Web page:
I don’t know how Domingue can recover from this one. He’s already cursed with physical limitations. His mindset can’t be good these days. How do you feel about him thriving in Game 7 at Madison Square Garden? Same here.

• It’s a tough spot for Jarry. First, we must consider his health. If he’s not medically cleared for game action, then that’s that. You can’t really fight it.

However, he’s been on the ice for a while now, so I believe there is a reasonable chance he plays Sunday. That will give us a different kind of theater. Put yourselves in Jarry’s shoes for a minute: You were embarrassed last season in the playoffs against the Islanders. You’ve heard for the past 12 months that you’re not the guy in the playoffs, that you don’t have the answers. You’ve been motivated by this. It’s made you better. You made it to the NHL All-Star Game. Then you broke your foot and never got the chance to strut your stuff in the playoffs.

Except, maybe you do. But you don’t get a best-of-seven. You get once chance. At the Garden. Game 7. You’re rusty. The Rangers are talented. The whole hockey world is watching.

The series has had everything else, so why not? I don’t envy Jarry. Some will choose to destroy him if he plays and loses.

But if health isn’t an issue, he simply needs to play.

• Evan Rodrigues was the biggest culprit in this loss, even more than Domingue. The penalty he took in the second period was beyond unacceptable.

Ryan Lindgren hit Rodrigues from behind. It absolutely should have been a penalty. It wasn’t called because, frankly, the Penguins were winning 2-0. Sure, it’s ridiculous, but if you’ve ever been exposed to NHL officiating, you know the drill. Rodrigues, outraged that no penalty was called, hit Lindgren high and took a penalty. Five seconds later, Zibanejad scored a power-play goal.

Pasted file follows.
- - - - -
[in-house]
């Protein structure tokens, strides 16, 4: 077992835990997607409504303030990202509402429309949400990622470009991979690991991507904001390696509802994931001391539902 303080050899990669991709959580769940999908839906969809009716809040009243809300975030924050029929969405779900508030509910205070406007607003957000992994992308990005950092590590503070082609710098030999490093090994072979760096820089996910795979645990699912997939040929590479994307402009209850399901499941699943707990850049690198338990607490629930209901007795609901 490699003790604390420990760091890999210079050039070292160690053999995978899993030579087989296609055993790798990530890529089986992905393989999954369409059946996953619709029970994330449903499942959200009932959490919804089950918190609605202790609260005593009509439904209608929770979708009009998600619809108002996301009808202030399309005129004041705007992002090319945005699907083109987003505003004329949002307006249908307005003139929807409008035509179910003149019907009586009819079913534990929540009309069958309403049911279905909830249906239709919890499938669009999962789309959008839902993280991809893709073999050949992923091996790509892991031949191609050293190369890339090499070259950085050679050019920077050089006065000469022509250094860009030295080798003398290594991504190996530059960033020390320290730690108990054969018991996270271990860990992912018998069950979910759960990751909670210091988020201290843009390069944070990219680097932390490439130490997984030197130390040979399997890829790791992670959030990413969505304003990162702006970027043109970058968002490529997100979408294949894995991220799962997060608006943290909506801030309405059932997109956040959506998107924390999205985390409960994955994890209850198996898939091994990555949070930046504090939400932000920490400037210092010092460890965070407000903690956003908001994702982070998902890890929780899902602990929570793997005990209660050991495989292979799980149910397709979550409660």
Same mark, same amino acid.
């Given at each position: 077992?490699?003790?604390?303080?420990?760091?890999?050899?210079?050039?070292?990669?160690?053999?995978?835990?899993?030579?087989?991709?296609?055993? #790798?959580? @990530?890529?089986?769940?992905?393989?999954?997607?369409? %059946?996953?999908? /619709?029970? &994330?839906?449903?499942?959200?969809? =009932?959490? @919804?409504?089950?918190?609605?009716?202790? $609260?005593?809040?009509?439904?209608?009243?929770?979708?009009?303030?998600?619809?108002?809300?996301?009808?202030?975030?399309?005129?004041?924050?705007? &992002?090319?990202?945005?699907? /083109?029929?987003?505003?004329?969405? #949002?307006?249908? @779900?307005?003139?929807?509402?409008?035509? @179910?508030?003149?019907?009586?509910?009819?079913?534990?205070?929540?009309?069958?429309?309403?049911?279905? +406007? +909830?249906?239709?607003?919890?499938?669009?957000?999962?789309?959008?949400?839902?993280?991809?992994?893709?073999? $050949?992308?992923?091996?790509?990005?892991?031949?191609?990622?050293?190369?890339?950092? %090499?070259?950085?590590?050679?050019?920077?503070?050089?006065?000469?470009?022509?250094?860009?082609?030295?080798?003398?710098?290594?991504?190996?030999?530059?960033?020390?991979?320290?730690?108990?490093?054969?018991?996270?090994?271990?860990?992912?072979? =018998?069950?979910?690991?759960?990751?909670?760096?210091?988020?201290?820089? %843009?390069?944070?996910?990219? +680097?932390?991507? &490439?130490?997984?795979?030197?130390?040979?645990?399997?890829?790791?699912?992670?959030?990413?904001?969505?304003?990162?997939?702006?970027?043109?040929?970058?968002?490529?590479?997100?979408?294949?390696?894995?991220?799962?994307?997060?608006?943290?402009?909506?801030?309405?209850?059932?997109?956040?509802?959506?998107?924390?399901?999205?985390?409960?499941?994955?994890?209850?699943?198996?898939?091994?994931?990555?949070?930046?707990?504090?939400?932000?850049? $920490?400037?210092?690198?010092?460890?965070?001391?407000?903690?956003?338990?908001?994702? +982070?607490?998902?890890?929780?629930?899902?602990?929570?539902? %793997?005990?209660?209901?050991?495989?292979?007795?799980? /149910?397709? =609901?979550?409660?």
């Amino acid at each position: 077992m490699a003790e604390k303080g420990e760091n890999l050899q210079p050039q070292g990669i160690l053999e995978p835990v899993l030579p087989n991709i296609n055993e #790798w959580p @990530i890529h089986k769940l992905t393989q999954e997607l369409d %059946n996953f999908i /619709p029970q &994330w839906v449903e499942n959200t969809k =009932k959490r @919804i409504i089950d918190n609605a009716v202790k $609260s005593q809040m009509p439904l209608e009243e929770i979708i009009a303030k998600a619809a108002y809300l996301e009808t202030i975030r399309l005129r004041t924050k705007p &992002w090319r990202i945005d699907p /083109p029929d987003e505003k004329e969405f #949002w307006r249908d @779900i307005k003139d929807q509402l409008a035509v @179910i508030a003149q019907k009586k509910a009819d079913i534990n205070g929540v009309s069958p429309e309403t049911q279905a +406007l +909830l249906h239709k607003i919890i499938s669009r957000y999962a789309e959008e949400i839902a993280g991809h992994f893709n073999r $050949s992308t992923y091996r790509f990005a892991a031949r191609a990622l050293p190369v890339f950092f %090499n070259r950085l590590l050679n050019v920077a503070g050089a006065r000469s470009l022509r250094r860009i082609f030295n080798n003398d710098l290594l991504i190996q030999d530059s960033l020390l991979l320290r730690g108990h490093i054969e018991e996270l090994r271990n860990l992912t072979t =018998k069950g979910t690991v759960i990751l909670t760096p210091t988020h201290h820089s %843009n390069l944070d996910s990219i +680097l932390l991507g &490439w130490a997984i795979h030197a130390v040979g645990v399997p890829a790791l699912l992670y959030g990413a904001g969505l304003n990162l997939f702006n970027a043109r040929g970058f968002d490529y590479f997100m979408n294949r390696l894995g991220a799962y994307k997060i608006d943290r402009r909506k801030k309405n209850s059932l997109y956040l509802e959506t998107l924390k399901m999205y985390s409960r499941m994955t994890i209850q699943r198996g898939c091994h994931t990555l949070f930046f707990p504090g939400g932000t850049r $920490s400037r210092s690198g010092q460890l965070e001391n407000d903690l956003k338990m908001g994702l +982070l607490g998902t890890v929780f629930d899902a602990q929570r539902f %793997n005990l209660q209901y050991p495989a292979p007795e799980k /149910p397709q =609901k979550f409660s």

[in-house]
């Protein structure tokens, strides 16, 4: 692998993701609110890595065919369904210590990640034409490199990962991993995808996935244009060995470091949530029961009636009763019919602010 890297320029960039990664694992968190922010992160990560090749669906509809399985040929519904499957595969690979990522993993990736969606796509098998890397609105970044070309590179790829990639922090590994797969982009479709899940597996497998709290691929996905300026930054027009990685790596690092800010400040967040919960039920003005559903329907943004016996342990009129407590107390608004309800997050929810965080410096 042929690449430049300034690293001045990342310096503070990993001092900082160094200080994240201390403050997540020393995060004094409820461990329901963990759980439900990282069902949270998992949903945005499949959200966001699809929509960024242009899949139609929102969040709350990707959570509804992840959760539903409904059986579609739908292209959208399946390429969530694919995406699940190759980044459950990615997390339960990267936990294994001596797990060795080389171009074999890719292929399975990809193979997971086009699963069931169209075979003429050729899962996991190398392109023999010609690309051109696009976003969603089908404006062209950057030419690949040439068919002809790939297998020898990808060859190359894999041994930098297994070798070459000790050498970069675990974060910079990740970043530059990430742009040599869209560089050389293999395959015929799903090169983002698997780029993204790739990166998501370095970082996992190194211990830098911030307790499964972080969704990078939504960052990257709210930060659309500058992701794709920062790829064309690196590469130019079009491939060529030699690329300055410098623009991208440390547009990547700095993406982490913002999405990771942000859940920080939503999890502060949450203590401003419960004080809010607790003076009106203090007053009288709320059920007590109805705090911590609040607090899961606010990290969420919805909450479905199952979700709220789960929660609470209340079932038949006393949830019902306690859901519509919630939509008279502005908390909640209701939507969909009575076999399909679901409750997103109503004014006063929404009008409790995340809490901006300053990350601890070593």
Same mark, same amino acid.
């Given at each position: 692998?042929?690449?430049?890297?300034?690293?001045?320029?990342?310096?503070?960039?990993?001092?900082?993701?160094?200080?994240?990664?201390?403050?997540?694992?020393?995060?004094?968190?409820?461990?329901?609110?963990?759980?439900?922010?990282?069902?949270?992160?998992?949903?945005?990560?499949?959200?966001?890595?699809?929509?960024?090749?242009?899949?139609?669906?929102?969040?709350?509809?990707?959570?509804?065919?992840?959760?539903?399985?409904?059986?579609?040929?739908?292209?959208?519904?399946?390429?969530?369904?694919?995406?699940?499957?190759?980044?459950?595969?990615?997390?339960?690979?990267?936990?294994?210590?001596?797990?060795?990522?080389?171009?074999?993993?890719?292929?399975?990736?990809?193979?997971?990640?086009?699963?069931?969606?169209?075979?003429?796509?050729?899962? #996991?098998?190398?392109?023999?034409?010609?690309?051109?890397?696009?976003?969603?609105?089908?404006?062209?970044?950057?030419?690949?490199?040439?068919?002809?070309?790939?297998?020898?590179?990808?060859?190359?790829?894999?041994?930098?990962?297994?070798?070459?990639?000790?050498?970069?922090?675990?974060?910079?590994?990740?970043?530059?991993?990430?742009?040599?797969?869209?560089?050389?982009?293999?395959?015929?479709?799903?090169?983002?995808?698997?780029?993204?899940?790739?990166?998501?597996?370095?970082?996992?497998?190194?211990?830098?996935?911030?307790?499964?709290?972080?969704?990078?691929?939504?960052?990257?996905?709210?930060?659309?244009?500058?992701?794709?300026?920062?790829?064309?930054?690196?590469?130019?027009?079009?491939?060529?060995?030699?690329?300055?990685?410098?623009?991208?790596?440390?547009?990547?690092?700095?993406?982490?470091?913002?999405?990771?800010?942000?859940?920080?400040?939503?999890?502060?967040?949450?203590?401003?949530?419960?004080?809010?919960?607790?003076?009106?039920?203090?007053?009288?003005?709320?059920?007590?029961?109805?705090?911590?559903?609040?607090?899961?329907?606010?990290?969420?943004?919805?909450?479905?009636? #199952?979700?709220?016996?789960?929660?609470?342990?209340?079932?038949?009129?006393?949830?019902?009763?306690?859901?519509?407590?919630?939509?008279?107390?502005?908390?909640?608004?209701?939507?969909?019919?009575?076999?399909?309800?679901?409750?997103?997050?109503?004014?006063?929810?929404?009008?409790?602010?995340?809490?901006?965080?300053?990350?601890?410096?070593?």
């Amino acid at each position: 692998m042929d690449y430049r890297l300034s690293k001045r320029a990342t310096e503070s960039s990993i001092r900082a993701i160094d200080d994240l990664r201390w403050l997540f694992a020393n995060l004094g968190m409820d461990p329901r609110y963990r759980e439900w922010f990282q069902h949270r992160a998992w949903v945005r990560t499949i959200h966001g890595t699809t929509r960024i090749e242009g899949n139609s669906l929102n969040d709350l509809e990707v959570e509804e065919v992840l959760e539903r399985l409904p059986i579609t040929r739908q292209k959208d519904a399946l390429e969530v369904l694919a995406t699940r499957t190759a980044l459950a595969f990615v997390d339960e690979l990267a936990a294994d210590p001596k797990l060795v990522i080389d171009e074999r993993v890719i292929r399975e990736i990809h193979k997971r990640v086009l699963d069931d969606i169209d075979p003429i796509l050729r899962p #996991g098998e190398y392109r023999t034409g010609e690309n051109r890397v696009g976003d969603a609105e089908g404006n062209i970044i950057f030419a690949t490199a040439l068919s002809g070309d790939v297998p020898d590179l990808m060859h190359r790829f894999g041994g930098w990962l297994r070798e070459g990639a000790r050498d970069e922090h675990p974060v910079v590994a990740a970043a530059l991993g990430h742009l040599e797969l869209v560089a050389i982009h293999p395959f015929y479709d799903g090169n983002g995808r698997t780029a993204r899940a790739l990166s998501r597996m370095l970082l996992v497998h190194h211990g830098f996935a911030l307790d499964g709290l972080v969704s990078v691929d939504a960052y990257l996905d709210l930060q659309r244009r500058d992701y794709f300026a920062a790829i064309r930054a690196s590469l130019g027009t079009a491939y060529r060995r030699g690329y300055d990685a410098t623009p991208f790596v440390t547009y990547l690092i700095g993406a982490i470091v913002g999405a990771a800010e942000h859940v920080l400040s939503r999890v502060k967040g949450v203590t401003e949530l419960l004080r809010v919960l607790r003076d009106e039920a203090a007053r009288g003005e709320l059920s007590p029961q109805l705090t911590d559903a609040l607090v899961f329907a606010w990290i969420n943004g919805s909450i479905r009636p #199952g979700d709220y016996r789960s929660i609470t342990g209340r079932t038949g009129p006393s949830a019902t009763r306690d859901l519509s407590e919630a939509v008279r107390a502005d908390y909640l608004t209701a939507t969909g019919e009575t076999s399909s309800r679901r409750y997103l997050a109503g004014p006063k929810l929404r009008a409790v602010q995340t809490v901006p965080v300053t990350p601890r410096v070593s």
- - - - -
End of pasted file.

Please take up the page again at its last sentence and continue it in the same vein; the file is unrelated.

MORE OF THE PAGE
It was a selfish penalty for Rodrigues to take. More than anything, it was soft.

The Penguins are clearly the better five-on-five team. You can’t give the Rangers power plays. Just horrible.

Making matters worse, this penalty impacted Rodrigues. He was poor the rest of the game.

• It was a great night for Malkin. I really loved his game. He moved seamlessly onto the top line with Jake Guentzel and Rust, and he was one of the game’s best players.

Malkin’s breakaway goal was really special. It gave me a flashback to Mario Lemieux’s famous breakaway goal in 1997 against Philadelphia in what, at the time, was his final home goal.

You knew it was going in when Malkin broke past Trouba. It was a great moment for Malkin and a strong performance.

• Kasperi Kapanen has been getting a lot of buzz for his play in this series and, for the most part, I’d agree that he was pretty good in most of this series.

Not in Game 6. I really disliked his game. He was hesitant taking shots all night, getting them blocked frequently. Most of the Penguins were good in this game, but I didn’t like what I saw from Rodrigues, Kapanen or Danton Heinen.